- Larry Bell born 1939
- Displayed: 1880 x 5490 x 2440 mm
- Purchased 1971
T01473 Untitled 1971
Coated glass, 10 units, each 72 x 60 x 1/4 (183 x 152.5 x 0.7); overall dimensions 72 x 213 x 63 (183 x 540 x 160)
Purchased from the artist (Grant-in-Aid) 1971
Exh: 11 Los Angeles Artists, Hayward Gallery, London, September-November 1971 (24, repr.)
Lit: R.C. Kennedy, 'London Letter' in Art International, XV, 20 December 1971, pp.87-8; 'Larry Bell - an interview with Alastair Mackintosh' in Art and Artists, VI, January 1972, p.39, the Hayward Gallery installation repr. pp.38 and 40
By the spring of 1968, Larry Bell felt that he had exhausted the possibilities of the box format, that he had 'refined it out of existence' (though in fact he did not entirely give up making boxes until 1969). He told John Coplans in an interview published in the catalogue of the Los Angeles Six exhibition at Vancouver Art Gallery in March-May 1968 that what interested him most about his later boxes all seemed to happen in certain sections of the unit and the box format had become an inhibiting factor which he felt he had to destroy or pass beyond. He had therefore begun to experiment with works of an environmental character and to create a space which people could walk around and into, and at the same time see through. (More specifically, he told the compiler on 7 February 1972 that he spent about six months at this time considering his work and its possibilities, then finally decided that the most interesting phenomena occurred at the edges, where the planes met; and this discovery made it possible for him to work on a larger scale, as he had wanted to do for some time).
The piece bought by the Tate was made specially for the exhibition of Los Angeles artists at the Hayward Gallery. The sheets of glass were silvered by vacuum deposition, a process which is also used for making camera lenses and which produces a greater deposit near the source. He had acquired a large vacuum chamber in 1969 which made it possible for him to work on this scale. Although he had seen photographs of the Hayward Gallery beforehand and been given the dimensions of the space, he found when he first tried to install it that it was completely unsuited to the setting and he had therefore to rearrange it entirely.
He has described what happened in a letter of 19 October 1971 to R.C. Kennedy subsequently published in Art International:
'I had originally conceived of the piece as ten panels of glass, fastened together at the edges in one long series of right angles to run diagonally across the room that I had been given. I had been given the dimensions of my space approximately three months prior. On assembly at the Hayward Gallery, much to my surprise the piece did not accommodate the room in the way I had expected it would. After studying the set up for a few hours we dismantled the piece and re-assembled it reversing its position in the room. At that point it was very clear that the piece as it was did not work in this place at all. I am not sure what was wrong - possibly the proportions of the individual panels when used collectively to make one long unit were clumsy. I then proceeded to rearrange the piece by shortening it, removing parts, thus relieving what I would call a lateral visual stress. With the removal of two parts the piece started to look less clumsy, however it still did not relate to the room it was in.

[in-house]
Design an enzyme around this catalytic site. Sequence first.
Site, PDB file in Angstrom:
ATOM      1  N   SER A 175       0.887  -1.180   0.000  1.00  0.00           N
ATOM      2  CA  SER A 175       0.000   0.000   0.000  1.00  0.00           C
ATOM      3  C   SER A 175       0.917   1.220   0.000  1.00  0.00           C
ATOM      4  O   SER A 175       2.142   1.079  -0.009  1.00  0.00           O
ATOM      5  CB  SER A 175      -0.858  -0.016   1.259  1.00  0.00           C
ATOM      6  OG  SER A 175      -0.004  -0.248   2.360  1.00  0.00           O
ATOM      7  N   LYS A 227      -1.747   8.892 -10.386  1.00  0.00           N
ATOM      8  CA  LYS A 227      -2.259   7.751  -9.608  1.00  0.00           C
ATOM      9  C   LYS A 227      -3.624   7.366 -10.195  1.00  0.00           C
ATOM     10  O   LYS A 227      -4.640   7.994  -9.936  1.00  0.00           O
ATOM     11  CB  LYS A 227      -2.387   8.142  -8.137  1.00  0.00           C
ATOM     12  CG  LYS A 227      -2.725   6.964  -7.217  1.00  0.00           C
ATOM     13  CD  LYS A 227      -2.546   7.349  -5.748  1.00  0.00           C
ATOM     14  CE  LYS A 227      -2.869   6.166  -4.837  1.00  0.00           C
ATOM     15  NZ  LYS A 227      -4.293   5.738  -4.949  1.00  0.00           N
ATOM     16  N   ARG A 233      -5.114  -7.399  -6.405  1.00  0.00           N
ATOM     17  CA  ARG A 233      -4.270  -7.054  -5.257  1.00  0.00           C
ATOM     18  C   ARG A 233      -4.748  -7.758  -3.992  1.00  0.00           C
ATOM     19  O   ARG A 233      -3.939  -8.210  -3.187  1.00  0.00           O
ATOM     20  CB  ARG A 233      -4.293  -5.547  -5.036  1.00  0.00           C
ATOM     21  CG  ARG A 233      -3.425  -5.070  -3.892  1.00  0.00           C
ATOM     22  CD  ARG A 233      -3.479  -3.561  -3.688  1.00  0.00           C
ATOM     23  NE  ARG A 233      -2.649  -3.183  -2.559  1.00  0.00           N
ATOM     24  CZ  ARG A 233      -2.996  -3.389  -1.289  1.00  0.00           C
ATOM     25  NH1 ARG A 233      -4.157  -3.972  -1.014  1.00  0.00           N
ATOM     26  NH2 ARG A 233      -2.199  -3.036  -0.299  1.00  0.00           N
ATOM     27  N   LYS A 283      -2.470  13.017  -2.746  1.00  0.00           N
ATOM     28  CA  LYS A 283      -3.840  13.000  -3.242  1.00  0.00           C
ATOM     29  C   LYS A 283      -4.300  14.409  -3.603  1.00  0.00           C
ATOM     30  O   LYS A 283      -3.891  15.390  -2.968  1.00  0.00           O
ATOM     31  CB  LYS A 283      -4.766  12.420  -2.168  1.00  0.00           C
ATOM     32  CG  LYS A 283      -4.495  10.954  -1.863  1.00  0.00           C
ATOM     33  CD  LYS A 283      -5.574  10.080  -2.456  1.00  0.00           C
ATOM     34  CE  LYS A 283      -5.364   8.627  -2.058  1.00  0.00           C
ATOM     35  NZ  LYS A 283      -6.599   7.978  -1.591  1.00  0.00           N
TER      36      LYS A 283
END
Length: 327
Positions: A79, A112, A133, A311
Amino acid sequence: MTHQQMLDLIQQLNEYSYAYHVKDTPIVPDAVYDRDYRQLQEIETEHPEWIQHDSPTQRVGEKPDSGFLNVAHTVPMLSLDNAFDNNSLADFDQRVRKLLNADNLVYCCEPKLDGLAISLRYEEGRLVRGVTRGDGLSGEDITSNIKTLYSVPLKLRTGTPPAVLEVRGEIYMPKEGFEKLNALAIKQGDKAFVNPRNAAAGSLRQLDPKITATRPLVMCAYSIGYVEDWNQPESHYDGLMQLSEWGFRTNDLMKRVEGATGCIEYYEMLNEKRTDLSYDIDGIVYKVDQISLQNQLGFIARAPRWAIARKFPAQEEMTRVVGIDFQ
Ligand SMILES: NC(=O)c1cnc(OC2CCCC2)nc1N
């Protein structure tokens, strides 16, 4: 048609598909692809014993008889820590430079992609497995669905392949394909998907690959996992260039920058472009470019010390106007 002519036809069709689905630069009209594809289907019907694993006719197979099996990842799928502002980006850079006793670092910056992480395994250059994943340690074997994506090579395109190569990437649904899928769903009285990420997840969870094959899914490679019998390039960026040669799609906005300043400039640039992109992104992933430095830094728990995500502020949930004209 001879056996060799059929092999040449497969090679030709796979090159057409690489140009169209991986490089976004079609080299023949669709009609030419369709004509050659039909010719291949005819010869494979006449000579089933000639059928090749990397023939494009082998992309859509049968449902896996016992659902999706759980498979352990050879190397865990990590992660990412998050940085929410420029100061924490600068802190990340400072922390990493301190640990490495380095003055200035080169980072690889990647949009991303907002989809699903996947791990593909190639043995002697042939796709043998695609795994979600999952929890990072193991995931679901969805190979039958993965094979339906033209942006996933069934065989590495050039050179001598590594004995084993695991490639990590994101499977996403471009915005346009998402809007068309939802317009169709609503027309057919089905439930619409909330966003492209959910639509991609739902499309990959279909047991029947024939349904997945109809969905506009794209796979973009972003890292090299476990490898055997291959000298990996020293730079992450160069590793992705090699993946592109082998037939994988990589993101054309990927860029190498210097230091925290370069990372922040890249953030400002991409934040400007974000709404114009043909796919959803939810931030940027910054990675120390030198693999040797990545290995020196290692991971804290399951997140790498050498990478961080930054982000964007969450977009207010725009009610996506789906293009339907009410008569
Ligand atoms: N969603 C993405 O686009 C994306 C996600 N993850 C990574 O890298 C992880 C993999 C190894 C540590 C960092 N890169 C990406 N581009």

'After studying this possibility I came to the conclusion that the entire format of the use of the space had to be changed drastically to make the piece come together visually as a single unit. The final arrangement of the gallery came after moving and rearranging the parts at least 50 times. One thing that became clear to me, and in my mind made the whole Hayward experience worthwhile and fruitful, was that I had not been aware of the enormous flexibility inherent in work that I had been involved with for approximately four years. It was truly an experience that I shall not forget soon.'
Whereas the arrangement at the Hayward Gallery consisted of pairs of panels carefully placed here and there, some distance apart, Larry Bell installed the work at the Tate in October 1979 in two parallel zigzag rows of five, with a passage 30in (76cm) wide between them.
Ronald Alley, Catalogue of the Tate Gallery's Collection of Modern Art other than Works by British Artists, Tate Gallery and Sotheby Parke-Bernet, London 1981, pp.42-4, reproduced p.42